"The chronological series begins in 1936, when a 16-year-old girl from Tilburg in Holland picks up a gun and shoots at the target in a shooting gallery. Every time she hits the target, it triggers the shutter of a camera and a portrait of the girl in firing pose is taken and given as a prize. And so a lifelong love affair with the shooting gallery begins. This series documents almost every year of the woman's life (there is a conspicuous pause from 1939 to 1945) up until present times."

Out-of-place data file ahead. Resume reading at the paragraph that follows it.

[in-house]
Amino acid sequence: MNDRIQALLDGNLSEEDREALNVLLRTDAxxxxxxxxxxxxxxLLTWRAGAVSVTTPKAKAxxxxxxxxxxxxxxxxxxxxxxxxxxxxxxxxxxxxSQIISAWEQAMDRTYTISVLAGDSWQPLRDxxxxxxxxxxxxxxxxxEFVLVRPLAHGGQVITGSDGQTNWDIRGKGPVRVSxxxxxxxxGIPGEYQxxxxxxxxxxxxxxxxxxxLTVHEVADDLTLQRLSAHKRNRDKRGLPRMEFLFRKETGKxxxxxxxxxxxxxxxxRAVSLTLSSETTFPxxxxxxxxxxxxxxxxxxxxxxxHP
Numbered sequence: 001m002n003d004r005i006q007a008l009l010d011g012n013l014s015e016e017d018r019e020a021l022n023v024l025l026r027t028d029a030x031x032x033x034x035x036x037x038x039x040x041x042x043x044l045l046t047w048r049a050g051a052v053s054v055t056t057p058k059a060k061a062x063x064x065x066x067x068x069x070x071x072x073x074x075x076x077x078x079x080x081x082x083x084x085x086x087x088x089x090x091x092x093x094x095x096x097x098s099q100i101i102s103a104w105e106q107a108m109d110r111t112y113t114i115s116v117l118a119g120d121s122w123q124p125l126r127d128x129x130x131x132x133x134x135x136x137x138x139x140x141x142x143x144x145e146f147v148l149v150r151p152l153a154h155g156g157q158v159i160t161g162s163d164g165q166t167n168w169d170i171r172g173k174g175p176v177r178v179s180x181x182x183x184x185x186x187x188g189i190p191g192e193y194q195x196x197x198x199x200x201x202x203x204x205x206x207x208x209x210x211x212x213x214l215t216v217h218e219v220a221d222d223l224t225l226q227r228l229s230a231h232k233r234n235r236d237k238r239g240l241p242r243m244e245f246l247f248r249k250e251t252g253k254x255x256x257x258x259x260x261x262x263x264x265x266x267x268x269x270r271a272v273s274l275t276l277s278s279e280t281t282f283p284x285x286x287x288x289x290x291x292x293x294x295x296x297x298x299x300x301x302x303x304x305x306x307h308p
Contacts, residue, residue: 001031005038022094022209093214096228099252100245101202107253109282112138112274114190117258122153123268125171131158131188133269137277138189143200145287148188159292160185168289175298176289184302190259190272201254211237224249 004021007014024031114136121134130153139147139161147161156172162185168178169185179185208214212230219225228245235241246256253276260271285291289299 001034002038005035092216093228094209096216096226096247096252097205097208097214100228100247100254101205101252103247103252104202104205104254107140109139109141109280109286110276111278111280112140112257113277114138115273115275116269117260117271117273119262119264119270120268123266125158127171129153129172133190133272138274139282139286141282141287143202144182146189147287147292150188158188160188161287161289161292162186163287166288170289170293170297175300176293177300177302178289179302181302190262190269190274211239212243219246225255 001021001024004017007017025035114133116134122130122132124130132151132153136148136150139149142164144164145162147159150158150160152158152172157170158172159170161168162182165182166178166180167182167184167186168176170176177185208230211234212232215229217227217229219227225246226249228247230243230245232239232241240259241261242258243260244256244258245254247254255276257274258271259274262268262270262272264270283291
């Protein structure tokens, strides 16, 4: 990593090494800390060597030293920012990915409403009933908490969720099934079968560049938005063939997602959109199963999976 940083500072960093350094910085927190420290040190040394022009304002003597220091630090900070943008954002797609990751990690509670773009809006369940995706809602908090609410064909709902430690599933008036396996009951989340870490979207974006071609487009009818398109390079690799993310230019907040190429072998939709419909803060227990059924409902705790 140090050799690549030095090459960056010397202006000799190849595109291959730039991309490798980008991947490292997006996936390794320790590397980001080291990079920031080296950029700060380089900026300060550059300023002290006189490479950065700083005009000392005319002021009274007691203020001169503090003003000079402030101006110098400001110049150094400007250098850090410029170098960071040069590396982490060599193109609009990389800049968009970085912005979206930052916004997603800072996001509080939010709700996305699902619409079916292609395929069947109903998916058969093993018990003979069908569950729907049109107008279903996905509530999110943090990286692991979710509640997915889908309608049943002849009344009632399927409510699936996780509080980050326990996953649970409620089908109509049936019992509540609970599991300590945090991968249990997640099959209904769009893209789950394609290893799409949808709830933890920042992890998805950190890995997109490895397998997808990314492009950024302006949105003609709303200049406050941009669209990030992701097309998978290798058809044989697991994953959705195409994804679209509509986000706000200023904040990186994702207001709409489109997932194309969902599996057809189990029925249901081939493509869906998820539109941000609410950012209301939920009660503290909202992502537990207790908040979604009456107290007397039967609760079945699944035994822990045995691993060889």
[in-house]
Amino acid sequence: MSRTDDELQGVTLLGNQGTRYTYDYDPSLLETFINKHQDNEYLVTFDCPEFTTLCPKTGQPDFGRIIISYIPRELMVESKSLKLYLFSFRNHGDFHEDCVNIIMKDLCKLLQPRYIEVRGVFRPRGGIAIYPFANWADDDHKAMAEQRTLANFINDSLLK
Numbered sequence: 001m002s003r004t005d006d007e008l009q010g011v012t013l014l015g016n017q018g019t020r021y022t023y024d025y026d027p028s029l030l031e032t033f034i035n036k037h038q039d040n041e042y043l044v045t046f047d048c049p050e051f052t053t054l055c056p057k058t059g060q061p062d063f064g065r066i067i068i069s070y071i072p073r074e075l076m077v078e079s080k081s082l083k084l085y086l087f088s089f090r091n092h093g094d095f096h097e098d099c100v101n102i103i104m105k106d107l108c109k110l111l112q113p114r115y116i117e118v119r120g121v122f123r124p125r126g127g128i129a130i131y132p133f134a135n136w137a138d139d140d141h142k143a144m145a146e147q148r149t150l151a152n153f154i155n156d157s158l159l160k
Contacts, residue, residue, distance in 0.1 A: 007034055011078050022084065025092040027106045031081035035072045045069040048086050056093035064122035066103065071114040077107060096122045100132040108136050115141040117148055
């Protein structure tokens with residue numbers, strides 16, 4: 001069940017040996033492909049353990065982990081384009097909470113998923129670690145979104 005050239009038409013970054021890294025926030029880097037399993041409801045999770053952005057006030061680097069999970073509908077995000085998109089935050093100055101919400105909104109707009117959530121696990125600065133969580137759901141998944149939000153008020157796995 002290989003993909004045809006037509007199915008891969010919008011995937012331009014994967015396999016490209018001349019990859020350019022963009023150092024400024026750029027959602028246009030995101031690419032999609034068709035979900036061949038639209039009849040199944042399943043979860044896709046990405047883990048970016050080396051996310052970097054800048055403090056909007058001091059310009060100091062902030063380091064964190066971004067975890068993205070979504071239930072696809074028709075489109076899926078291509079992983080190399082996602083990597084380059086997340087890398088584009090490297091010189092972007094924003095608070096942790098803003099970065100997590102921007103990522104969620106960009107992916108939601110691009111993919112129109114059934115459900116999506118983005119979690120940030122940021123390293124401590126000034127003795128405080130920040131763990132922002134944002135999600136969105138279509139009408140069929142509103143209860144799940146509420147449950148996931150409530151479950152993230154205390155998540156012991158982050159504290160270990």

From the NYTimes archives – January 21, 1910 – "Miss Alice Paul, the young woman of Moorestown, N.J., who went to England two years and a half ago and became a suffragette leader, arrived home to-night. She was met by her mother and brother, but not a single suffragist put in an appearance." Oh, just wait.
The settlement movement was a reformist social movement, beginning in the 1880s and peaking around the 1920s in England and the US, with a goal of getting the rich and poor in society to live more closely together in an interdependent community. Its main object was the establishment of "settlement houses" in poor urban areas, in which volunteer middle-class "settlement workers" would live, hoping to share knowledge and culture with, and alleviate the poverty of, their low-income neighbors.
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